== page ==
Weil, Gotshal & Manges is, along with Shearman and Sterling, probably the most anglicised of the US firms over here - and so probably the most likely to be here for the long haul. Insiders report that the hours are long, but no worse than at other big name City practices and generally not at the absurd levels sometimes rumoured to be found at smaller US offices over here. You're going to be part of a global network of 1,300, but don't be worried about stetsons and six shooters - almost everyone in London is UK-qualified.
The firm's been here a long time. 2016 was the twentieth anniversary of the firm's London office, which makes it a pretty well-established brand in the Great Wen. With around 110 fee-earners, 28 partners, and 23 trainees over here it's one of the biggest US offices in the City, and the work is as high profile as anywhere. The first decade or so was pretty smooth running, with the firm getting its hands filthy in the private equity world (aided by the hire of PE star Marco Compagnoni).
But with PE work drying up, how has Weil got on? Well, as other firms suffered, WGM swiftly managed to diversify and pick up a huge load of restructuring work (Lehman and the like), so it coined it through the recession. The firm has been cashing in on big deals: it advised Barclays in relation to the £1.5bn restructuring of General Healthcare Group and Aston Martin on a $165m private placement. Bonuses for US associates are generally top of the tree and London salaries are the typical stellar rates: how many NQs are going to grumble at £95k?
Although expect to work for it. Associate complaints include: "hour for hour I'd probably earn more working in an Asian sweatshop" and "I work so hard that I once called my other half my boss' name."
The practice is concentrated on profitable corporate and finance work, so if property or litigation is your thing you'll need to look elsewhere. Bear in mind that however committed it is to the UK, decisions affecting your future are still made by partners thousands of miles away (one associate suggested that "the New York office is very domineering").
So what do the workers think? Responses to our Firm of the Year survey were, ahem, mixed. There was praise for "exceptionally talented lawyers", "excellent salaries", "no billable targets" and "great views" from the Fetter Lane offices. Indeed the main thing propping up the positive comments box is "the pay", though you can expect to be "made up to partner in the London office which is rare for a US firm" according to one insider. But criticisms include a lack of work life balance: "I'm expected to answer my work Blackberry when it rings in the middle of the night" grumbled one lawyer. A few respondents referred to "animosity" in the office and partners who "generally dislike each other."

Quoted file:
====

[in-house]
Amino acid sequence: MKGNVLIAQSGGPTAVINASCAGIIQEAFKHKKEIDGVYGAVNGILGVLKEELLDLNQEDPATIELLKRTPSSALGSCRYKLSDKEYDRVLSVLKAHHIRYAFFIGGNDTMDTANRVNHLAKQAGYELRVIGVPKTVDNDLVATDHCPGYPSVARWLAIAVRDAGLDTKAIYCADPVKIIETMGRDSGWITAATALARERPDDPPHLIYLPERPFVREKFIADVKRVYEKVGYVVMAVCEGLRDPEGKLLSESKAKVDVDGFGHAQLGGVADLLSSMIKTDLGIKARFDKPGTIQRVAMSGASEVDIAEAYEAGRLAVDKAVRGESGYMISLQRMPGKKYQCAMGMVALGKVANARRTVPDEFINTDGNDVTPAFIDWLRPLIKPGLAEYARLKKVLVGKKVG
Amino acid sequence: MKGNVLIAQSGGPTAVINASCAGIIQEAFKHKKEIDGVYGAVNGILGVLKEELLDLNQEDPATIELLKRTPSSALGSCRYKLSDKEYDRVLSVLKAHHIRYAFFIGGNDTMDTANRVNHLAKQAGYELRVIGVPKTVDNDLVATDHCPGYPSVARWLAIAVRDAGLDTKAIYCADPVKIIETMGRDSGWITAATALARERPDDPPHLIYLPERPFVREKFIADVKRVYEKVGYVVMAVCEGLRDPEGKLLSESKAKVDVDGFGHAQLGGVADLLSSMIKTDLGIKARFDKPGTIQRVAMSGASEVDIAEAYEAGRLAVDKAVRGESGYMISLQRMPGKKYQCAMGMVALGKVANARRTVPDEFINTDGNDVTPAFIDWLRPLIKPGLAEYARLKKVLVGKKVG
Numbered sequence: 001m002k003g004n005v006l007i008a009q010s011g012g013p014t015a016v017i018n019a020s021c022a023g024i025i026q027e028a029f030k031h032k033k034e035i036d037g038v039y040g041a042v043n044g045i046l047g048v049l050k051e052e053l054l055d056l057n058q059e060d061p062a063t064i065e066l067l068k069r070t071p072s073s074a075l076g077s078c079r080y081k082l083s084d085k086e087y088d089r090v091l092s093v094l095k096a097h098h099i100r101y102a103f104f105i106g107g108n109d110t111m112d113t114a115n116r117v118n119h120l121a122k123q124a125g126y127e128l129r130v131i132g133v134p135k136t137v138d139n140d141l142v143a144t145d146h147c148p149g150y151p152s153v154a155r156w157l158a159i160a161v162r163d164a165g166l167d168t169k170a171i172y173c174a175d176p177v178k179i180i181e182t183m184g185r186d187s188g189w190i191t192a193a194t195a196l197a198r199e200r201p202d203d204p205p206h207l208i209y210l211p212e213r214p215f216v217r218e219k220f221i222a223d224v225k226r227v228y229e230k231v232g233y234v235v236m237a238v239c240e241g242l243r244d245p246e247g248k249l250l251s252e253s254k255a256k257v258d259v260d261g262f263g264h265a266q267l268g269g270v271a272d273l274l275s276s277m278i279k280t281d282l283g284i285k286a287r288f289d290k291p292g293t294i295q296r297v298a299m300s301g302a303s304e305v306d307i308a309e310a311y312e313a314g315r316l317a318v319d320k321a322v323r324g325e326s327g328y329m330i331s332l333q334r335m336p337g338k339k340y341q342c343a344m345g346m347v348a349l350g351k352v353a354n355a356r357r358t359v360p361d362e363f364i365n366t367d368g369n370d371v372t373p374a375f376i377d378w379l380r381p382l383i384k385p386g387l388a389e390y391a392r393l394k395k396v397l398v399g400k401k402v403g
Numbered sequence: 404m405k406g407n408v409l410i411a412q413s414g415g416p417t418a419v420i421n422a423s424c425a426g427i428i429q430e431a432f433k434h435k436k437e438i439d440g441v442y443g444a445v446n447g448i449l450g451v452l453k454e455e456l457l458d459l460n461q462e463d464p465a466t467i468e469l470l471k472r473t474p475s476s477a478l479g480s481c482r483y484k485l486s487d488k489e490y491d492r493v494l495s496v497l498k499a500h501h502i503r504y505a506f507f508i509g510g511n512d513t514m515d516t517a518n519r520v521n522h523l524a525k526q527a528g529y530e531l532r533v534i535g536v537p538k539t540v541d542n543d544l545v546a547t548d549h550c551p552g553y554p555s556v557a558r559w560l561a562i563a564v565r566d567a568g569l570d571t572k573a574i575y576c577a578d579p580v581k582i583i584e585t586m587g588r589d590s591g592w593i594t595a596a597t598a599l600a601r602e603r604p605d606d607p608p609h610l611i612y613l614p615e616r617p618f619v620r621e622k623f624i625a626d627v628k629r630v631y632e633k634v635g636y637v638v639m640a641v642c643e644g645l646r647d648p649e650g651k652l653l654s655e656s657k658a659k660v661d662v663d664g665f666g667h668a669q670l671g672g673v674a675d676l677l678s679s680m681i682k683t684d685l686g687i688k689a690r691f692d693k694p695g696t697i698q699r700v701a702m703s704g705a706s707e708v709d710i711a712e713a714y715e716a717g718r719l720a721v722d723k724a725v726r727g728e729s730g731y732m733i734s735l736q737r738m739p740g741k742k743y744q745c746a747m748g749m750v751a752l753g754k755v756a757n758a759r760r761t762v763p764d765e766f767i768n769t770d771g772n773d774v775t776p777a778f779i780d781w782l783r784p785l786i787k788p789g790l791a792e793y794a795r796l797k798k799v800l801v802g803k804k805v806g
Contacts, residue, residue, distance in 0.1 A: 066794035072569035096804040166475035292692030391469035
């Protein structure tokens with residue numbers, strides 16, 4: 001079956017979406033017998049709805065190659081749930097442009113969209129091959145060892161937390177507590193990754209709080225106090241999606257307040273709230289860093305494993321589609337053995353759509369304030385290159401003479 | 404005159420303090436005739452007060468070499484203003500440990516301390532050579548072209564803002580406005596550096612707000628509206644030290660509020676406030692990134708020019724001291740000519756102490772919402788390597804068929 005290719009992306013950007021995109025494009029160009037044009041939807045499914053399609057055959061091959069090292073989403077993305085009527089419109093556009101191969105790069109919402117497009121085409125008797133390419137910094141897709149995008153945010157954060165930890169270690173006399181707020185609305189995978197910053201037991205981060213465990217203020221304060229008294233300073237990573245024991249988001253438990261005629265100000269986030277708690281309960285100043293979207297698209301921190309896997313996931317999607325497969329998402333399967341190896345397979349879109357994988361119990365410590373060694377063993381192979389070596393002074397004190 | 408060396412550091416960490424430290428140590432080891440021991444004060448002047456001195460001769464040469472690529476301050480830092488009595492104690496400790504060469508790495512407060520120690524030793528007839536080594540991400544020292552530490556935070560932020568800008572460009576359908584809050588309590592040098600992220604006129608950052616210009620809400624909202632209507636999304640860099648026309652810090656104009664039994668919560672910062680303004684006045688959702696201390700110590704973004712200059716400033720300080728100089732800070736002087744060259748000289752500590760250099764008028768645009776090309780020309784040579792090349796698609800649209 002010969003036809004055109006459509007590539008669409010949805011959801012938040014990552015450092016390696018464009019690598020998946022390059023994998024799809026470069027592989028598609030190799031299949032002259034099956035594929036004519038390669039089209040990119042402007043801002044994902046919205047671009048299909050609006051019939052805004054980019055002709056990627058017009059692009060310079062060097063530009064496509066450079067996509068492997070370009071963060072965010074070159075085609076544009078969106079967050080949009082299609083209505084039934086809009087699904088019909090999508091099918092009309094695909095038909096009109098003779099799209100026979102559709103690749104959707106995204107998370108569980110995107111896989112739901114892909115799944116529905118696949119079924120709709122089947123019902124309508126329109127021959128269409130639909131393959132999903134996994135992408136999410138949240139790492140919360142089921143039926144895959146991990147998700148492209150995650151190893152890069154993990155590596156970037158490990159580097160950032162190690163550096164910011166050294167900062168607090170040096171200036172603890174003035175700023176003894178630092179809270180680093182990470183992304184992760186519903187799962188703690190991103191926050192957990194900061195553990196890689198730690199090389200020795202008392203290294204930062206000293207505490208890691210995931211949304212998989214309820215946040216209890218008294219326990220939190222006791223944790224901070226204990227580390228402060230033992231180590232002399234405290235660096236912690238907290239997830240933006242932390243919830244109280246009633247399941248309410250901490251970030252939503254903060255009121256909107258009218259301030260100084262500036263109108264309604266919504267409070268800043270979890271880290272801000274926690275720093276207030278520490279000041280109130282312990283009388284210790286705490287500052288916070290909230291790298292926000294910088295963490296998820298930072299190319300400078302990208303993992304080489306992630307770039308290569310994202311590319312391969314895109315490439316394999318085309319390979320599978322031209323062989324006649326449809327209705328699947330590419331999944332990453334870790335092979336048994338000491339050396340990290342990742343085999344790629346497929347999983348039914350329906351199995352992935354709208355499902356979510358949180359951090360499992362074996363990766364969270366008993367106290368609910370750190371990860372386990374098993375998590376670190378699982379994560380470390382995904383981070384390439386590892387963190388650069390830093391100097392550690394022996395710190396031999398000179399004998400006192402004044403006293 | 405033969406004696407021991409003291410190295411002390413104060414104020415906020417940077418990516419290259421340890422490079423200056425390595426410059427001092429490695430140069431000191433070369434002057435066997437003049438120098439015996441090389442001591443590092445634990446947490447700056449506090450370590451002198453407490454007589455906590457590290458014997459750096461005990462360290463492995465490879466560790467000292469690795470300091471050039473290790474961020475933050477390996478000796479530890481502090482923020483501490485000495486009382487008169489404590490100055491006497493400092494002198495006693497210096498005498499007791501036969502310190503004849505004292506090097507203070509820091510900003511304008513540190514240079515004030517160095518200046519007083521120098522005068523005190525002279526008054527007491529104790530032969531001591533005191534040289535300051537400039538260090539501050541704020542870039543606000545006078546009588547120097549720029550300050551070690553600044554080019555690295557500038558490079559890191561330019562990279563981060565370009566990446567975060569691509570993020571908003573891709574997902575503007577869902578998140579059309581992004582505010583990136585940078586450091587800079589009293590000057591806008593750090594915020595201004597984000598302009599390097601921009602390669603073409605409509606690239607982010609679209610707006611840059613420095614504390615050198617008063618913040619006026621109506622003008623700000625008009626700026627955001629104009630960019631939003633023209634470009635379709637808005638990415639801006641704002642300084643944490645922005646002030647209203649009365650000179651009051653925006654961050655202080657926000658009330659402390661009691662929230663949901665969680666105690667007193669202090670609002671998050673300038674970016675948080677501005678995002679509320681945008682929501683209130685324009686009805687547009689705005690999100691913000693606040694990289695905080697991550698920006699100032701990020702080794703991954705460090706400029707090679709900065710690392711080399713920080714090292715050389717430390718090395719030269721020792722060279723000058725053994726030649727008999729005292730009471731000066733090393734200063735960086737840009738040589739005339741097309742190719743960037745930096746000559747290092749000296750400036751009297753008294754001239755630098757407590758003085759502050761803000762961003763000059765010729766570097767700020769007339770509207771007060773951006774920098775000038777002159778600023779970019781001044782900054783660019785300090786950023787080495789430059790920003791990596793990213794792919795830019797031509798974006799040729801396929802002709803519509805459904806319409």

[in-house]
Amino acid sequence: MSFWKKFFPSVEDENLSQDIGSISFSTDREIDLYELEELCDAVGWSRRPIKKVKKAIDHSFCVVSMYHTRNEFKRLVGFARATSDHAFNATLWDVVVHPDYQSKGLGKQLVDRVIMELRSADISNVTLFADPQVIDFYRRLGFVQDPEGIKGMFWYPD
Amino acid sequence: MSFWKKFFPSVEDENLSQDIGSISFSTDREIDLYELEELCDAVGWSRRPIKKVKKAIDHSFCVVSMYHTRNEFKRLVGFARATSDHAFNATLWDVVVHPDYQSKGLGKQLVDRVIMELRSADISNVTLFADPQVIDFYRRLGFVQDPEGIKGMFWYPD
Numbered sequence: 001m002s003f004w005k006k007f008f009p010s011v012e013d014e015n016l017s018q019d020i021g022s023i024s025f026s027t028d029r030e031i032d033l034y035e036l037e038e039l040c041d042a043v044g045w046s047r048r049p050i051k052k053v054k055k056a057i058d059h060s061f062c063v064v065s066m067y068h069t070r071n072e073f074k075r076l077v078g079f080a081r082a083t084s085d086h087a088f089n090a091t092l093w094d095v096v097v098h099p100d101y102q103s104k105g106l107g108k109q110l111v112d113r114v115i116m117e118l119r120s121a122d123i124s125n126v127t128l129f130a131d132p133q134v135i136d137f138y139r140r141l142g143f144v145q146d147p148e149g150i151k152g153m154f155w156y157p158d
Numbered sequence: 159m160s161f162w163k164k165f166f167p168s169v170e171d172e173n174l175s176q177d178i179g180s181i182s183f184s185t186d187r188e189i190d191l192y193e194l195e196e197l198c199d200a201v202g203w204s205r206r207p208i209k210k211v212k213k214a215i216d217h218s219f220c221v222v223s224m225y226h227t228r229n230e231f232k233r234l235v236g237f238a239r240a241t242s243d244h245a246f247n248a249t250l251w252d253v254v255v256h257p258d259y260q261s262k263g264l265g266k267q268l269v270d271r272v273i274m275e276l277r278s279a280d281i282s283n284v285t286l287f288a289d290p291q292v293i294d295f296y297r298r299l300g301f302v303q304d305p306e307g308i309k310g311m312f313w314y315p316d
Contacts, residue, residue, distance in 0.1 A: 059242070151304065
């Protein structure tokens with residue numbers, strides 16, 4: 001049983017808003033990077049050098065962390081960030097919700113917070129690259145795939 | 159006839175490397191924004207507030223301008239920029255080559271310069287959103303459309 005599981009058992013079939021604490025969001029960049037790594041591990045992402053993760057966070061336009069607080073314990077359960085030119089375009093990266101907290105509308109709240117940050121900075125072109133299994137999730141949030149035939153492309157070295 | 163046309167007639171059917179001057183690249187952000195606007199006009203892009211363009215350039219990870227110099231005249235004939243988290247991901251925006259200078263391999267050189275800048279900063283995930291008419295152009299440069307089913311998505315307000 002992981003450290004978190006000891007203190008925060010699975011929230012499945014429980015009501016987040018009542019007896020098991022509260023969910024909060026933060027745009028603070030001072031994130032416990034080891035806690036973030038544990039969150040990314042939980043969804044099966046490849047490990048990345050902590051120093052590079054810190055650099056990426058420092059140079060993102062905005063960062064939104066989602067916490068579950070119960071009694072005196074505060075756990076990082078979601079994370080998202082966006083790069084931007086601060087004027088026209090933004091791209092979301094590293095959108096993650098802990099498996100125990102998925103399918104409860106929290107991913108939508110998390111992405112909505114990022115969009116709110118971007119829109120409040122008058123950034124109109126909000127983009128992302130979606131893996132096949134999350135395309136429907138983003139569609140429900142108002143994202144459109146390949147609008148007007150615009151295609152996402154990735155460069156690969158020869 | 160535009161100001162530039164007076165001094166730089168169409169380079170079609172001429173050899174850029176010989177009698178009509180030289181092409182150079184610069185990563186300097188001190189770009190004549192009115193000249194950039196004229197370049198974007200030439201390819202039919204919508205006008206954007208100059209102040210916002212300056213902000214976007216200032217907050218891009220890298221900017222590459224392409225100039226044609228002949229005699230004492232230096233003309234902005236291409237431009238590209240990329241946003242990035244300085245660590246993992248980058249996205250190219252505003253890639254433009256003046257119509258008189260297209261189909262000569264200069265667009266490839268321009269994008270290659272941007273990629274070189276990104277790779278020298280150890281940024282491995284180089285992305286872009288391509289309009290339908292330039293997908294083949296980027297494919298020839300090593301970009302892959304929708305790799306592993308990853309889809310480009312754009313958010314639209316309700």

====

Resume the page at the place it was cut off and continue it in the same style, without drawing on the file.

Still, the firm is very keen to stress that it is in London to stay. The fact that London is its fastest growing office (and the largest after New York), and that the office has generated significant profits for the last few years would also seem to support this. And the firm achieved a steller 100% retention rate last year. So if hard-core corporate work is your bag, and you're prepared to work long hours, the combination of cash and clients make for a good deal. Plus, as one assistant comments, you get the benefit of "working for a firm with the same name as an infection spread by rats". Which is nice.
A respondent to the RollOnFriday Firm of the Year survey grumbles that pay and bonuses "lag behind other US firms like Skadden, Bingham (Akin Gump), Debevoise, Latham etc", but says, hey, at least it's "better than the Magic Circle". There's a "good office location", too, and the firm is apparently trying to recruit "from a broader range of universities than most US firms, realising the world doesn't end at Oxbridge". Though there's "still" a "heavy Oxbridge contingent".
And a laterally-hired 4PQE writes that they're "working with clever people, earning loads of money, doing market-leading deals" and while the hours "can be bad" they "appear to be reasonable when compared to similar firms" like Latham, Shearman, Weil and Milbank. Overall they "love it 95% of the time", which is the "best average I've managed so far".